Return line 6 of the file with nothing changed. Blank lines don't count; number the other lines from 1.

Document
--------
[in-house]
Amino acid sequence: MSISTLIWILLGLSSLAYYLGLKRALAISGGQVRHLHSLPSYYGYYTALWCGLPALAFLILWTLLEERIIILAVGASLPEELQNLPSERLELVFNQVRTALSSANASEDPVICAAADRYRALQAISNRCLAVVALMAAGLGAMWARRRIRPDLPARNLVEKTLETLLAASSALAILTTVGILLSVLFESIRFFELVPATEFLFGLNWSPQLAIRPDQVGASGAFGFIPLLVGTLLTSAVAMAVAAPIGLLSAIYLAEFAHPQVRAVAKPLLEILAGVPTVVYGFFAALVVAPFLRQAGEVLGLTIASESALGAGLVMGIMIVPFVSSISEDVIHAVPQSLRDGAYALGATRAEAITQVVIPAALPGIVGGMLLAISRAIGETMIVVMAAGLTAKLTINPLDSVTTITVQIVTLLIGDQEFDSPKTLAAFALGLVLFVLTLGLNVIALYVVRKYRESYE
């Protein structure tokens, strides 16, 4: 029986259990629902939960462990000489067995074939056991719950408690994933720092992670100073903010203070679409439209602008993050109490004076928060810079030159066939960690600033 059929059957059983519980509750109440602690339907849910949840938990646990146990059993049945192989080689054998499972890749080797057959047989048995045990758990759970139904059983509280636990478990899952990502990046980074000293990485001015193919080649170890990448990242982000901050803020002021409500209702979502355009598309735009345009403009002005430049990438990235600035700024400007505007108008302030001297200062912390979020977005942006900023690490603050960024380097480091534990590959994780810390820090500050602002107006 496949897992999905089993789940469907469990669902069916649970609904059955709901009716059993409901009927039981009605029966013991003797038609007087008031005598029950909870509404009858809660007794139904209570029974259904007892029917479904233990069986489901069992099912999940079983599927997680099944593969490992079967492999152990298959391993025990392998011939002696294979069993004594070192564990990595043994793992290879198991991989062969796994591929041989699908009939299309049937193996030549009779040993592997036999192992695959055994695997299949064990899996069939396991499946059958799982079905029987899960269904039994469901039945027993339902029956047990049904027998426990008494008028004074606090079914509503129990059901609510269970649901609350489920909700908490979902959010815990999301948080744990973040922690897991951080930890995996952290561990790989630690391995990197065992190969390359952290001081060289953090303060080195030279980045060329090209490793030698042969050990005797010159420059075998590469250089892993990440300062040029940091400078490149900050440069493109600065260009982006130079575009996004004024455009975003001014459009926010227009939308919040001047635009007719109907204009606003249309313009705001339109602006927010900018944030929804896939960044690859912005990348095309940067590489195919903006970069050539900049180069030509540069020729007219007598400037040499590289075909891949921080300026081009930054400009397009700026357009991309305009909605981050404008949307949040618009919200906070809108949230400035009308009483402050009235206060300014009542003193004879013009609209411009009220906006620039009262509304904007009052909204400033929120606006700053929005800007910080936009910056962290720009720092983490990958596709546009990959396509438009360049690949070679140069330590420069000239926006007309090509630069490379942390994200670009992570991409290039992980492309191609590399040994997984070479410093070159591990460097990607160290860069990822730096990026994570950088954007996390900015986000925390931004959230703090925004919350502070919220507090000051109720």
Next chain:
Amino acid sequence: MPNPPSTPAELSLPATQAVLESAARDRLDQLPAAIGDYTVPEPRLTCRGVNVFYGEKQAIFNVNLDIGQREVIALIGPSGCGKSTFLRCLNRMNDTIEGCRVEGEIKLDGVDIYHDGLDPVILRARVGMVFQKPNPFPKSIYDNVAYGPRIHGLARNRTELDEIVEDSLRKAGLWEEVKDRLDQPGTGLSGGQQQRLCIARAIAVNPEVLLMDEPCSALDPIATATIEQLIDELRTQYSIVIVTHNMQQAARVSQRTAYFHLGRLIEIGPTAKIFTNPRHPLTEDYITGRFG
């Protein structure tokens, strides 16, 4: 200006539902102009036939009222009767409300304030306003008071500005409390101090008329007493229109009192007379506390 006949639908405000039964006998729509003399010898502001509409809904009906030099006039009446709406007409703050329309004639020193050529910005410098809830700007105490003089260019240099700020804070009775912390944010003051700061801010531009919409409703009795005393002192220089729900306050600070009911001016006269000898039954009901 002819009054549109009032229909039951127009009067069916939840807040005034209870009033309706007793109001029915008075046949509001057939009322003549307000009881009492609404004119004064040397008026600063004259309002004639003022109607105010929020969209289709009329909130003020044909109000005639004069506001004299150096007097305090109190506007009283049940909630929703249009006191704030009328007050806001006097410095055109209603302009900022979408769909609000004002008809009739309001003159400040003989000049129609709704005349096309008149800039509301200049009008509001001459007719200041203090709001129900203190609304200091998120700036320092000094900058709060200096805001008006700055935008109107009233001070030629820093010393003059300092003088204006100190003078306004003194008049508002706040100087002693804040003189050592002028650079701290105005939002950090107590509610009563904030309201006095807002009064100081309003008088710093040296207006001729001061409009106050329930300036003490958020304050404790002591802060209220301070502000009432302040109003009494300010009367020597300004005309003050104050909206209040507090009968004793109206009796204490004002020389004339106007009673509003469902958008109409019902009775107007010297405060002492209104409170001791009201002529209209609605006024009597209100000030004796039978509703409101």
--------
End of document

């Protein structure tokens, strides 16, 4: 200006539902102009036939009222009767409300304030306003008071500005409390101090008329007493229109009192007379506390 006949639908405000039964006998729509003399010898502001509409809904009906030099006039009446709406007409703050329309004639020193050529910005410098809830700007105490003089260019240099700020804070009775912390944010003051700061801010531009919409409703009795005393002192220089729900306050600070009911001016006269000898039954009901 002819009054549109009032229909039951127009009067069916939840807040005034209870009033309706007793109001029915008075046949509001057939009322003549307000009881009492609404004119004064040397008026600063004259309002004639003022109607105010929020969209289709009329909130003020044909109000005639004069506001004299150096007097305090109190506007009283049940909630929703249009006191704030009328007050806001006097410095055109209603302009900022979408769909609000004002008809009739309001003159400040003989000049129609709704005349096309008149800039509301200049009008509001001459007719200041203090709001129900203190609304200091998120700036320092000094900058709060200096805001008006700055935008109107009233001070030629820093010393003059300092003088204006100190003078306004003194008049508002706040100087002693804040003189050592002028650079701290105005939002950090107590509610009563904030309201006095807002009064100081309003008088710093040296207006001729001061409009106050329930300036003490958020304050404790002591802060209220301070502000009432302040109003009494300010009367020597300004005309003050104050909206209040507090009968004793109206009796204490004002020389004339106007009673509003469902958008109409019902009775107007010297405060002492209104409170001791009201002529209209609605006024009597209100000030004796039978509703409101």